The 23rd of January has marked one year of the University of East Anglia being a University of Sanctuary. This title has been awarded by the City of Sanctuary, promoting the support of asylum seekers and refugees.
UEA has been recognised for its ability to offer sanctuary through a wide range of courses and scholarships. UEA is one of few universities the United Kingdom and Ireland to offer such support. Having a supportive and calm home environment is essential to achieving your best at university, offering sanctuary provides a better and safer environment for students to work.
The British Red Cross Refugee Centre welcomed donations throughout the day. Another brilliant initiative was the donation of unwanted winter clothes. The UEA Student Union collected adult coats, scarves and other items of winter clothing to donate to asylum seekers and refugees.
The University also ran drop in sessions to provide information about volunteering at NGO’s, but also to offer advice to any students that need financial advice about studying at UEA as part of the sanctuary scheme. The celebration event featured a display of work by a number of UEA staff members, further showing that UEA is wholeheartedly committed to offering sanctuary to those in need. The celebration event was wholly engaging, providing live music, drinks and a range of food including a Ben & Jerry’s ice cream stall. The stall was campaigning to lift the ban in place preventing people seeking asylum from working in the UK. You can help to demand action against this by using the link benjerry.co.uk/right-to-work.
Lord Mayor of Norwich Martin Schmierer also attended the celebration event, he commented that “Norwich prides itself on being a welcoming city and something needs to be done to support asylum seekers”. The Lord Mayor continued by saying “This is close to my heart and it is wonderful to support initiatives like this.”
Steve Waters and a group of Drama undergraduate and postgraduate students read a short excerpt from his play Calais, which has been performed both in Norwich and in Cambridge. Waters himself described the play as “almost an act of journalism” in how it portrays events.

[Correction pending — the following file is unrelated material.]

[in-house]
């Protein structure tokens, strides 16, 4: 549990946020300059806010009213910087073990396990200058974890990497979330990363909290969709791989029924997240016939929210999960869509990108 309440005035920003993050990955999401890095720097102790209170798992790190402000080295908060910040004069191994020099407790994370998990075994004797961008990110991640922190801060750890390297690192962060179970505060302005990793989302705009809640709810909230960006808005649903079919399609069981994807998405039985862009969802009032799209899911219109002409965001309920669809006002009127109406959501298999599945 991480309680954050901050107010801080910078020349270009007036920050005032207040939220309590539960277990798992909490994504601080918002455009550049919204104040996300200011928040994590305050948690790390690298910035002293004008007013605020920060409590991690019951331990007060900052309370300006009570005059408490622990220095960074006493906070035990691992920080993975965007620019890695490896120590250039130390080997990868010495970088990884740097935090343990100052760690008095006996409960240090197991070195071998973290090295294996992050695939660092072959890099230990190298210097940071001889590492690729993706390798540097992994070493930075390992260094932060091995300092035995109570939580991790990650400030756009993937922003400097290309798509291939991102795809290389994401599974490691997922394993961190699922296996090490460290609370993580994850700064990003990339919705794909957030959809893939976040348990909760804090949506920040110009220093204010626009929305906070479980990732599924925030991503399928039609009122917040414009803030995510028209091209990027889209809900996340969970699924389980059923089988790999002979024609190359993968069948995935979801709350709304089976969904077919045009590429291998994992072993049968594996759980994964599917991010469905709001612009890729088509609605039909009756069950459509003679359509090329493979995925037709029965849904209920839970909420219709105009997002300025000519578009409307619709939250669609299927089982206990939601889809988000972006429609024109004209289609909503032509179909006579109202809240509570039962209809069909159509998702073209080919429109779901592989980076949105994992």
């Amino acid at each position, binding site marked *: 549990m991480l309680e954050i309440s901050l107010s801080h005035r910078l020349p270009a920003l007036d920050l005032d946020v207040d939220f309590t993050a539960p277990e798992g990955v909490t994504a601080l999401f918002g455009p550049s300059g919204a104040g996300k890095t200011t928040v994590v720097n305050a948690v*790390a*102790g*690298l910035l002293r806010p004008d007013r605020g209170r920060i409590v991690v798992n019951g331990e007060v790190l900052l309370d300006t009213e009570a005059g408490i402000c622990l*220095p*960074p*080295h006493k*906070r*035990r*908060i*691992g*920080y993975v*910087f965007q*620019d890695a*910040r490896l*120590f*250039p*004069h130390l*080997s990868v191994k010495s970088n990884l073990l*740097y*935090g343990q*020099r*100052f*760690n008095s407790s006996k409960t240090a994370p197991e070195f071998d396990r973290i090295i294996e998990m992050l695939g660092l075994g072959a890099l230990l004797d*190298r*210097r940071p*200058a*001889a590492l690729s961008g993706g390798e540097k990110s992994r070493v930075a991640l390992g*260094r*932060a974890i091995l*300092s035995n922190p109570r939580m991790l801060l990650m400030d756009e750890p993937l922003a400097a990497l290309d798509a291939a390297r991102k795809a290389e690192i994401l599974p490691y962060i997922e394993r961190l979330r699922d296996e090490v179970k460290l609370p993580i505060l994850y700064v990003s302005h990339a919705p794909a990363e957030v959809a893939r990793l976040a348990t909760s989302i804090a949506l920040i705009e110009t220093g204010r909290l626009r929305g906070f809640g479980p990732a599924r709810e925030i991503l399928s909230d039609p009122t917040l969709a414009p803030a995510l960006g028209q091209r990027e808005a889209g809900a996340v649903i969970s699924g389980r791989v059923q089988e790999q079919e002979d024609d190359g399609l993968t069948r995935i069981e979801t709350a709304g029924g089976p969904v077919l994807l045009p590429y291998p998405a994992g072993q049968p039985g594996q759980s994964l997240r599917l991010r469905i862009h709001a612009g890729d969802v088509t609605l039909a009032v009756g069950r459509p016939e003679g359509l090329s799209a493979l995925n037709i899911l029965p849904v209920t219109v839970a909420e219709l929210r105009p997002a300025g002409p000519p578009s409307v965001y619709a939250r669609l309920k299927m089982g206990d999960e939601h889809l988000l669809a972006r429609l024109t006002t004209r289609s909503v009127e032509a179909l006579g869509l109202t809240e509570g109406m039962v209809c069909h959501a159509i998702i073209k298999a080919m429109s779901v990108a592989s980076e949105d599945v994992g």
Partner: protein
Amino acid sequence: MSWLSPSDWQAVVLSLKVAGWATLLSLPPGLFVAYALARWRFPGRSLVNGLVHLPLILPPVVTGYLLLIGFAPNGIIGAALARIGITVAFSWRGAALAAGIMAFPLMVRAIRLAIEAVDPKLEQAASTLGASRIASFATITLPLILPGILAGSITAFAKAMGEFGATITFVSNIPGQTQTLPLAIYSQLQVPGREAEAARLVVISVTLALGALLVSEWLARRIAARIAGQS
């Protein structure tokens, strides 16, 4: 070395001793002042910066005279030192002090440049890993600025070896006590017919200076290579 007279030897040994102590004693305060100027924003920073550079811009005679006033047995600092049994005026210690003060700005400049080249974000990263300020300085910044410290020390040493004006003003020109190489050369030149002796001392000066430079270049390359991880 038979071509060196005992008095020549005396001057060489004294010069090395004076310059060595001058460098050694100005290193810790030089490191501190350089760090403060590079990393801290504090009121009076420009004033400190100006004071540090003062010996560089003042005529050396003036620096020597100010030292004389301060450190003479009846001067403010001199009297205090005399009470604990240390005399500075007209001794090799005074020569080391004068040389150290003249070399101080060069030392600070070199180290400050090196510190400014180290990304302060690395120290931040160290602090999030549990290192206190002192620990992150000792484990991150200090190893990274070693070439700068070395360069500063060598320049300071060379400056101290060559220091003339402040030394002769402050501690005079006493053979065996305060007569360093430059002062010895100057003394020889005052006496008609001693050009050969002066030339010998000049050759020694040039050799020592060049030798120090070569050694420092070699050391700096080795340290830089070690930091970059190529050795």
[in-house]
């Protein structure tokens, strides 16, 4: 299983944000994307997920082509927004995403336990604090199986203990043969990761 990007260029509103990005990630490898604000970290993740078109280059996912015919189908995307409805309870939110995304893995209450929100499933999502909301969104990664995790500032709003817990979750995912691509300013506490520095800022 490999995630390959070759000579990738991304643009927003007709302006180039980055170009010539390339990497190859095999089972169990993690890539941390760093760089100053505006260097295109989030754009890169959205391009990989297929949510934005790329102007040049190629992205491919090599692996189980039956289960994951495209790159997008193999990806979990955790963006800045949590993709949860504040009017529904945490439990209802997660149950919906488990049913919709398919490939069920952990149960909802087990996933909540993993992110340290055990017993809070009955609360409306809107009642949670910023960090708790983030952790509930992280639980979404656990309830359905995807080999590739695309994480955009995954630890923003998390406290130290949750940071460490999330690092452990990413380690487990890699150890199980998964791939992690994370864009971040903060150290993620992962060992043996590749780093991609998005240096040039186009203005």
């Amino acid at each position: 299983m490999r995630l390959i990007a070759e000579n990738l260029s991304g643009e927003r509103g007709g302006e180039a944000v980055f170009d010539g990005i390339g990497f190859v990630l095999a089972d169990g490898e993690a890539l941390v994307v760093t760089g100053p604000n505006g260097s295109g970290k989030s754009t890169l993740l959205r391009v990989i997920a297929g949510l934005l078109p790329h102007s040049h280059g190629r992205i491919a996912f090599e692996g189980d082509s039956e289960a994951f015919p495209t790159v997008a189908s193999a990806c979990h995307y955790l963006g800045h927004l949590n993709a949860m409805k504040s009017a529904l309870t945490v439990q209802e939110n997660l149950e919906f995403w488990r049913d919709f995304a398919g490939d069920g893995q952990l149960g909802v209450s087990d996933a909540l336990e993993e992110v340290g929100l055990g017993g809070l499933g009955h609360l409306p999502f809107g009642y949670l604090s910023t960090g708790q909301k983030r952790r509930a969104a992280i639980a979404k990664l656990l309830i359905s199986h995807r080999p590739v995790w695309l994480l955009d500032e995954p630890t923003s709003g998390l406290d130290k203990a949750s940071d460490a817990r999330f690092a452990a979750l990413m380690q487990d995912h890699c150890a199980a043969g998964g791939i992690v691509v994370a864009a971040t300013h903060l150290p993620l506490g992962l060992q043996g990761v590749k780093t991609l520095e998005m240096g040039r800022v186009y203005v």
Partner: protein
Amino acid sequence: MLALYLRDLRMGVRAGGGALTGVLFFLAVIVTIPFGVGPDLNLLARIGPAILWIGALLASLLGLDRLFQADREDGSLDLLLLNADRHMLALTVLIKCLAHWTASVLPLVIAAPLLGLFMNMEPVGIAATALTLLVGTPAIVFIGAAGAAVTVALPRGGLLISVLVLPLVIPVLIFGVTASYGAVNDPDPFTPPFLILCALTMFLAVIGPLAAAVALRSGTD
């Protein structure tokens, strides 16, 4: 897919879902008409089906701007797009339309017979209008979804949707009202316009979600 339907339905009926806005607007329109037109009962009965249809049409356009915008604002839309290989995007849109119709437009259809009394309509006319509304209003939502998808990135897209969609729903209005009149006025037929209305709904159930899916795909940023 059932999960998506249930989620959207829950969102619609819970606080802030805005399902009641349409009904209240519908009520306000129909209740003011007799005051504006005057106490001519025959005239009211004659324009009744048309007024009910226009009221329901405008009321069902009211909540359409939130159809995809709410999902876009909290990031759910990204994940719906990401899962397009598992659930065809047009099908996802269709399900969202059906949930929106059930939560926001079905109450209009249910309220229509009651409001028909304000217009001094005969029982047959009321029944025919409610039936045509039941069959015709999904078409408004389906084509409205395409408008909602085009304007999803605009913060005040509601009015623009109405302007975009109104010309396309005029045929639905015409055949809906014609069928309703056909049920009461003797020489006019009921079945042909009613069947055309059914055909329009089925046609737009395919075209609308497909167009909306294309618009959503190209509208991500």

After the celebration event, Deputy Vice Chancellor Professor Neil Ward began the presentation of the evening, claiming that, “we will continue to ensure UEA is a sanctuary to asylum seekers”.
Enana Al-Assaf spoke of her experience living in Aleppo whilst continuing to study, explain her trauma and how her home was caught in the crossfire of the civil war. Her husband, Dalyan spoke of his journey learning English as a foreign language and about the amount of support he experienced from The Forum and the NILE Institute in Norwich.
Steven Wordsworth, representing the organisation Cara, helped to explain their work. Cara are a charity that provide a lifeline to academics at risk. 70 percent of those Cara helps are pursuing a post doctorate career, however 30 percent are masters and PhD candidates. Cara want to make UEA their 117th member.
To spark academic debate, an interactive balloon debate was held in the UEA Drama studio about borders and if controls are needed. This debate is particularly relevant with the current turbulent political climate in America surrounding Trump’s persistence to construct a wall on the Mexican border.
War clearly impacts every aspect of life including education, it is extremely important that UEA continues to lead the way in providing sanctuary to those that need it. UEA have celebrated their status of being a University of Sanctuary in a way that embodies UEA as an institution: welcoming and thought provoking.